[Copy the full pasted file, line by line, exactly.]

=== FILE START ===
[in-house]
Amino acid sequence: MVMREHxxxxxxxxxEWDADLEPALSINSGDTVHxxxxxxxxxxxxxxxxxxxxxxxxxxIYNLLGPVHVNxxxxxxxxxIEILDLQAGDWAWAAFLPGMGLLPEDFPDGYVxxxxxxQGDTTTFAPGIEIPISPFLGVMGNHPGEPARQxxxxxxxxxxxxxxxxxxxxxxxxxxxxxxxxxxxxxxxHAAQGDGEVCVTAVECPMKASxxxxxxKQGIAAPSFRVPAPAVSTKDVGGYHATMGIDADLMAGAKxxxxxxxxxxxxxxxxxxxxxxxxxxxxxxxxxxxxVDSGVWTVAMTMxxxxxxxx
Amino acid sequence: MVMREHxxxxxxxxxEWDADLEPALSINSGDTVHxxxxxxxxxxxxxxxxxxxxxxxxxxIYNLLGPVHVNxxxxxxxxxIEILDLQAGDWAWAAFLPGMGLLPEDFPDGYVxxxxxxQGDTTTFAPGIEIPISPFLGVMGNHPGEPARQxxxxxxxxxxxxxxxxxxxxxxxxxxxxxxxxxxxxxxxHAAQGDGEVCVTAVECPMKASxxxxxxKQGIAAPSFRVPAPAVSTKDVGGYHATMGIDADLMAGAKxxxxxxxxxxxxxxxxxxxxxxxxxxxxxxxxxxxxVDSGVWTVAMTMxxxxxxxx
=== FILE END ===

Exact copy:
[in-house]
Amino acid sequence: MVMREHxxxxxxxxxEWDADLEPALSINSGDTVHxxxxxxxxxxxxxxxxxxxxxxxxxxIYNLLGPVHVNxxxxxxxxxIEILDLQAGDWAWAAFLPGMGLLPEDFPDGYVxxxxxxQGDTTTFAPGIEIPISPFLGVMGNHPGEPARQxxxxxxxxxxxxxxxxxxxxxxxxxxxxxxxxxxxxxxxHAAQGDGEVCVTAVECPMKASxxxxxxKQGIAAPSFRVPAPAVSTKDVGGYHATMGIDADLMAGAKxxxxxxxxxxxxxxxxxxxxxxxxxxxxxxxxxxxxVDSGVWTVAMTMxxxxxxxx
Amino acid sequence: MVMREHxxxxxxxxxEWDADLEPALSINSGDTVHxxxxxxxxxxxxxxxxxxxxxxxxxxIYNLLGPVHVNxxxxxxxxxIEILDLQAGDWAWAAFLPGMGLLPEDFPDGYVxxxxxxQGDTTTFAPGIEIPISPFLGVMGNHPGEPARQxxxxxxxxxxxxxxxxxxxxxxxxxxxxxxxxxxxxxxxHAAQGDGEVCVTAVECPMKASxxxxxxKQGIAAPSFRVPAPAVSTKDVGGYHATMGIDADLMAGAKxxxxxxxxxxxxxxxxxxxxxxxxxxxxxxxxxxxxVDSGVWTVAMTMxxxxxxxx